A human cleric, rescued from slavers with an amnesia-blanked past
The man’s memories began in Jylee’s Inn in Verbobonc, an expensive place that often caters to the famous. He awoke dressed in his gear and a hearing voice in his head that shouted at him move, you must move to leave the city. Distrusting his own sanity, he went to day clerk’s desk. There, they had the record for his room; he glanced over to see that he—or someone—had written the name “Ofydd” (no surname) in the ledger. And the balance was paid for only one night, the previous. The clerk could not say who had paid it.
Taking that as a sign that the voice had the right idea, he ducked out of the inn, and then circled back around and kept watch from an alley. Nearly an hour later he was about to move on when Verbobonc guards entered the inn. A few minutes later, they left again, at a faster march. Their captain seemed angry as they went.
The voice did not identify itself immediately. It made suggestions; buy equipment here and pay with silver, never gold. Take this trail out at this hour; and when he reached the trail, the usual patrols were nowhere to be seen. While marching, pause here, stay in these bushes; when vagabonds or, once, a trio of ogres crossed the trail and missed him completely. Follow the edge of the Welkwood to Courwood and take a river boat.
He trusted the voice, and when it instructed him, he found that he was a cleric, and wielded holy power. But he lacked a holy symbol. His master revealed himself to the man by placing his feet before a cairn, in a lost part of the woods near Hommlet. Atop the pile was a flat stone. This stone was etched with the mask of Olidamarra, the symbol of the trickster god, as if by acid. He moved away the stones and found a large root-lined space containing only a chest with no lock. At his god’s command, he placed in it most of his gear except a few defensive items, food, and a few coins. Then he picked up the etched stone and carried his new holy symbol from then forward.
The voyage took him months, and with no clear endpoint, he thought he might have to wander forever. But soon he found that his destination was Stoneheim, and he reached this place without a coin left. Now Olidamarra acted to make sure he needed no more money. The man followed the instructions as before, went where the voice told him to go, and at the time prescribed. And that is how he found himself standing, hungry and defenseless, in an alley surrounded by slavers.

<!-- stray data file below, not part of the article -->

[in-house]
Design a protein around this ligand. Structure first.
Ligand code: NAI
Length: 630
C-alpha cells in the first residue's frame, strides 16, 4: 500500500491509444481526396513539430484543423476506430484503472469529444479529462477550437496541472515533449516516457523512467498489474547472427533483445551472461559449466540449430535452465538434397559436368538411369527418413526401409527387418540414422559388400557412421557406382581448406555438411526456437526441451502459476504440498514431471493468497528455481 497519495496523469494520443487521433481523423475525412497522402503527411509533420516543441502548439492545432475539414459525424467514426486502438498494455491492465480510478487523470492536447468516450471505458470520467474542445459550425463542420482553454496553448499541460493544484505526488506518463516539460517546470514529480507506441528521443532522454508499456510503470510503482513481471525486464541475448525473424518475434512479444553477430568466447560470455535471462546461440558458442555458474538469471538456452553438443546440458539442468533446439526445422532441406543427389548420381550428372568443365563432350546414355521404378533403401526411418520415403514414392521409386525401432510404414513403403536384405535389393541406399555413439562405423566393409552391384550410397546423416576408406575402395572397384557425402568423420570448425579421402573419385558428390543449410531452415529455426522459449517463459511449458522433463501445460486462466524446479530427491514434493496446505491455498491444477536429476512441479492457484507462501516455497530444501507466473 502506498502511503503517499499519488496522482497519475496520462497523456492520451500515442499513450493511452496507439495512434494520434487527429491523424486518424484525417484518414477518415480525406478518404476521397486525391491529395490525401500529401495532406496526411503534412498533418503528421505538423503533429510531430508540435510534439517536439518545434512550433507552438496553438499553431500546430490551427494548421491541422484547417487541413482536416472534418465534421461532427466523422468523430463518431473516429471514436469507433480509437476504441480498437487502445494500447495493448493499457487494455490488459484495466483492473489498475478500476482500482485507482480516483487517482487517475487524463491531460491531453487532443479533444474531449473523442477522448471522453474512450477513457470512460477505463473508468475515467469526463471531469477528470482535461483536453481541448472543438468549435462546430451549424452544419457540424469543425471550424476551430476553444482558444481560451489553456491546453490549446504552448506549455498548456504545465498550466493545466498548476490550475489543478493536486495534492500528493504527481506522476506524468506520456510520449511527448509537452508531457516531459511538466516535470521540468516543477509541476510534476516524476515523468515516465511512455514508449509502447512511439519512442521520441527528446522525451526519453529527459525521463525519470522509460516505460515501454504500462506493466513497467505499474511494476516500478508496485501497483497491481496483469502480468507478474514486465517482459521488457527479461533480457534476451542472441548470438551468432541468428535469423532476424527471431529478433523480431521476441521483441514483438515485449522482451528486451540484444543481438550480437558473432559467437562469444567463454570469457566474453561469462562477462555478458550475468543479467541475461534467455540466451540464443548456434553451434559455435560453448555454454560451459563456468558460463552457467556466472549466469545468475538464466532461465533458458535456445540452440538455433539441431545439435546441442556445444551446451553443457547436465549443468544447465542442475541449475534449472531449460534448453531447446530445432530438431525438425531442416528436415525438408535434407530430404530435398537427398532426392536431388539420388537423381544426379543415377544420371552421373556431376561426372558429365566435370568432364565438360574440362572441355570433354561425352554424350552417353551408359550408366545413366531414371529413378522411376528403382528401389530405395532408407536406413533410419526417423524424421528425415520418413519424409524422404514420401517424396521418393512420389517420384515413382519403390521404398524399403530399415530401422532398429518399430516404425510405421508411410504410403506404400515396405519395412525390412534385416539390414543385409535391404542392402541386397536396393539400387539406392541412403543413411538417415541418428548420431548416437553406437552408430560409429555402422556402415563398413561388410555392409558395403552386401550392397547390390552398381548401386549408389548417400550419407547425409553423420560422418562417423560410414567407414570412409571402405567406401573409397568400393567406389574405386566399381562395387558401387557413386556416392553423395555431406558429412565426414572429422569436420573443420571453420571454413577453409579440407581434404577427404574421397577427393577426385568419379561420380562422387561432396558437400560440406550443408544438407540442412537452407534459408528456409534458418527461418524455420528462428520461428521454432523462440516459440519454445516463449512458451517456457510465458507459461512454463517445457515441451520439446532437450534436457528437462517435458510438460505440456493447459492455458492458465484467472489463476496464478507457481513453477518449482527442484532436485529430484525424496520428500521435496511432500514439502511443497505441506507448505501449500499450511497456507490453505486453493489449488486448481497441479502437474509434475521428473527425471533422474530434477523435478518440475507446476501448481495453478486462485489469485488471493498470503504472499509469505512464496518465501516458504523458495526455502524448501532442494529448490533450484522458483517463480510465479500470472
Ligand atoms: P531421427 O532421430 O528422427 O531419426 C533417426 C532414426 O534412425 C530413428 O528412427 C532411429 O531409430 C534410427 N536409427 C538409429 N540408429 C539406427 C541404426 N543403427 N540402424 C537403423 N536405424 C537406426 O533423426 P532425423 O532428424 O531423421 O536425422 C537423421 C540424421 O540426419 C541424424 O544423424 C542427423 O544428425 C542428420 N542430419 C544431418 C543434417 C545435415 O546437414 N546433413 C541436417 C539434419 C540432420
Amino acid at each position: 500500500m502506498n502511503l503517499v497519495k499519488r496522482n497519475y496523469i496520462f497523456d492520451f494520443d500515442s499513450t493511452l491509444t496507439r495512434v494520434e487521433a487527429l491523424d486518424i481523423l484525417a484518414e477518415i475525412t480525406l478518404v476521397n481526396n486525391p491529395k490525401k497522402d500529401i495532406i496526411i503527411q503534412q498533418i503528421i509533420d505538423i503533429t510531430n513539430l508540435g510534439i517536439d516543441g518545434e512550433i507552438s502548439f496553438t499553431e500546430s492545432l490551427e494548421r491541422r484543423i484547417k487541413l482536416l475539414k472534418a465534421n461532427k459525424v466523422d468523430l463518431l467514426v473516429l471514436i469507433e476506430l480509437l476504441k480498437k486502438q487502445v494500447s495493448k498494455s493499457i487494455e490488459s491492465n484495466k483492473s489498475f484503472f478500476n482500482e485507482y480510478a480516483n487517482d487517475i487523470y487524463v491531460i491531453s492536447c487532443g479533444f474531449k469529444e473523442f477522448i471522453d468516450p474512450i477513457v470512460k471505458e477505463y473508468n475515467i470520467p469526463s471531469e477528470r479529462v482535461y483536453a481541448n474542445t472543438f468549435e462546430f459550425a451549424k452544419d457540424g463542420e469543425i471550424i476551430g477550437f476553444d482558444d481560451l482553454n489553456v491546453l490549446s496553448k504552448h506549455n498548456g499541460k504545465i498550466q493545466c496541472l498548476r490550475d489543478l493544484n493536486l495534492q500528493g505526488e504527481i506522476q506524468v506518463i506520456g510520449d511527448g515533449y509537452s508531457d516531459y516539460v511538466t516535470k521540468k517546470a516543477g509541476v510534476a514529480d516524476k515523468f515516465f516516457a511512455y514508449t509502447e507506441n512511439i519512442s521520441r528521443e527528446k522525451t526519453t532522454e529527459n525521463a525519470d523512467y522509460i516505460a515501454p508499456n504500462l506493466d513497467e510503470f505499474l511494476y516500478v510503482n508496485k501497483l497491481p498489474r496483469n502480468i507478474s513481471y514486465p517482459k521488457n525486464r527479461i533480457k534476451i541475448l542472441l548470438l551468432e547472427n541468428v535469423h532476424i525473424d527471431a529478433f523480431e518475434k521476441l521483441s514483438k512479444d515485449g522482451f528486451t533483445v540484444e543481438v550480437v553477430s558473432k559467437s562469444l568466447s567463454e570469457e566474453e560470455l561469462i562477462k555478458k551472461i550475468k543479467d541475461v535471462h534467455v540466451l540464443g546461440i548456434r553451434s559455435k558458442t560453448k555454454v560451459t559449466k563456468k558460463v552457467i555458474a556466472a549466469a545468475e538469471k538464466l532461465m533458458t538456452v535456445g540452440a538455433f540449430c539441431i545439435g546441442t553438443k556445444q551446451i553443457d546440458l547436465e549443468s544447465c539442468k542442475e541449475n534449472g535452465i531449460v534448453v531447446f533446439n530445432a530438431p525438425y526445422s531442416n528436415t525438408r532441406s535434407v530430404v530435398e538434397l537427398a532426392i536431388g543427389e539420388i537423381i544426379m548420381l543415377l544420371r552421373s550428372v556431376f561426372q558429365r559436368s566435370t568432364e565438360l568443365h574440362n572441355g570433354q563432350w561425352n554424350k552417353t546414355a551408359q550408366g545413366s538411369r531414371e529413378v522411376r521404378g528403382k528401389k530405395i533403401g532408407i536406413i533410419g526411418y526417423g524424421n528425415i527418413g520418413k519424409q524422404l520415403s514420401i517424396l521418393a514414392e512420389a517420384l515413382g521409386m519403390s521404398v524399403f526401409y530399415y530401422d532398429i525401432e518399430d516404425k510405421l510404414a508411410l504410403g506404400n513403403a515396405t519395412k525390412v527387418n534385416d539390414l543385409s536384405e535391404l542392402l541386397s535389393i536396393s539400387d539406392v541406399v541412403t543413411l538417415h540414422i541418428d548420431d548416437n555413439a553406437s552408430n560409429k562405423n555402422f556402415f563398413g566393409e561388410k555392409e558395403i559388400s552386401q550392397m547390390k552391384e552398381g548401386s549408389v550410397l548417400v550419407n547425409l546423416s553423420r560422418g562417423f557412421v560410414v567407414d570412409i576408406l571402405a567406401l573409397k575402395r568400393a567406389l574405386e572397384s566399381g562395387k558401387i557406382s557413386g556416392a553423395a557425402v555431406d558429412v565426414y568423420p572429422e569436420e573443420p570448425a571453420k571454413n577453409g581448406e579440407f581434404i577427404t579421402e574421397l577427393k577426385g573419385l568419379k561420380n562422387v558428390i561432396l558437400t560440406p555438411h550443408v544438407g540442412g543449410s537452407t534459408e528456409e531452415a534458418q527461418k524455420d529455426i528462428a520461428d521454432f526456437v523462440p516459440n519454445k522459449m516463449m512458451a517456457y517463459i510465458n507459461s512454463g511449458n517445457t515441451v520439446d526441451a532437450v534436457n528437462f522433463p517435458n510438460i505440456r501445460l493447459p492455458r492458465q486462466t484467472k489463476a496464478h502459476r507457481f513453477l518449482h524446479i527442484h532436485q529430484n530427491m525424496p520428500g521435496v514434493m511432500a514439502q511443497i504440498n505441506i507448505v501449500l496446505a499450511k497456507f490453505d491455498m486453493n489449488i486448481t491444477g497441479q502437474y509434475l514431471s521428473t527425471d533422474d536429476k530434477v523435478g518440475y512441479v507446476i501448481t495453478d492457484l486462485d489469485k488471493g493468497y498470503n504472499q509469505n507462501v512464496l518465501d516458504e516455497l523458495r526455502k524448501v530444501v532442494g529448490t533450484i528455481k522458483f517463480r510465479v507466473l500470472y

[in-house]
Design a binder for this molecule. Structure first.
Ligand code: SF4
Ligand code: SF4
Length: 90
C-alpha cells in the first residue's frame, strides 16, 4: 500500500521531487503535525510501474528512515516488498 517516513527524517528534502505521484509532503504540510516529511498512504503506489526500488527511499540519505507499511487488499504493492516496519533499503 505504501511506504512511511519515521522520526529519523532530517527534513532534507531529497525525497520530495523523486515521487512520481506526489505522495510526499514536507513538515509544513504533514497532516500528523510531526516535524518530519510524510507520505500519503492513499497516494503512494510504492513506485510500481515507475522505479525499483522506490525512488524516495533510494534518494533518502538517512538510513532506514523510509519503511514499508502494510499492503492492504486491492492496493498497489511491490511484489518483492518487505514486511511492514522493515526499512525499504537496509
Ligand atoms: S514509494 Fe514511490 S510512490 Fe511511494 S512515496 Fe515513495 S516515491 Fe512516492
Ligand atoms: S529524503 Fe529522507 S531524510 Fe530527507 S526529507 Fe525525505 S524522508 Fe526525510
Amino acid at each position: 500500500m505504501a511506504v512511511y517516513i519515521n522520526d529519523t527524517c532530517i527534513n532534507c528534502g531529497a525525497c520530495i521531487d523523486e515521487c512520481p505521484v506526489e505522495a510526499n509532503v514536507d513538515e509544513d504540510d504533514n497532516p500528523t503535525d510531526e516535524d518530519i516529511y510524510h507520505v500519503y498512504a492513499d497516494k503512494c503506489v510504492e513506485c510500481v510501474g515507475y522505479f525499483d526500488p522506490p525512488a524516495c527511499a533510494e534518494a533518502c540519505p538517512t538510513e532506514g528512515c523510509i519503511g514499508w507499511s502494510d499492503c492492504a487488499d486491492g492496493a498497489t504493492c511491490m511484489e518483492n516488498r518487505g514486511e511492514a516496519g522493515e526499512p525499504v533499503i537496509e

They took him away, and gave him 9 months of body-breaking labor as a slave. The voice of the god became silent. Every night, after a meal that was much less than his body demanded, and his ration of filthy water, he cursed the Trickster; why had He given the man up to be abused by evil?
His labors involved stoking a fire, and so he would steal charcoal dust, by smearing it into his own hair. He stole paper as well, and made charcoal drawings, using his fingers as brushes. These drawings were faces. He knew not why he drew these faces. They were detailed, and artful; he knew not where his own talent came from. He kept these drawings.
When the slavers brought in the party of warriors and spellcasters, and they fought and freed the slaves, none could be more surprised than he to see on them the faces from his drawings. When they left, the voice returned.
To Hommlet, it said, and curse me no more, and in the voice there was laughter. He abased himself in shame, and then went, retracing his steps, stopping only to pick up some of the silver that was left behind by the triumphant warriors. He gathered his belongings, and he went to the town, and he waited, drawings in hand, for the warriors to arrive again.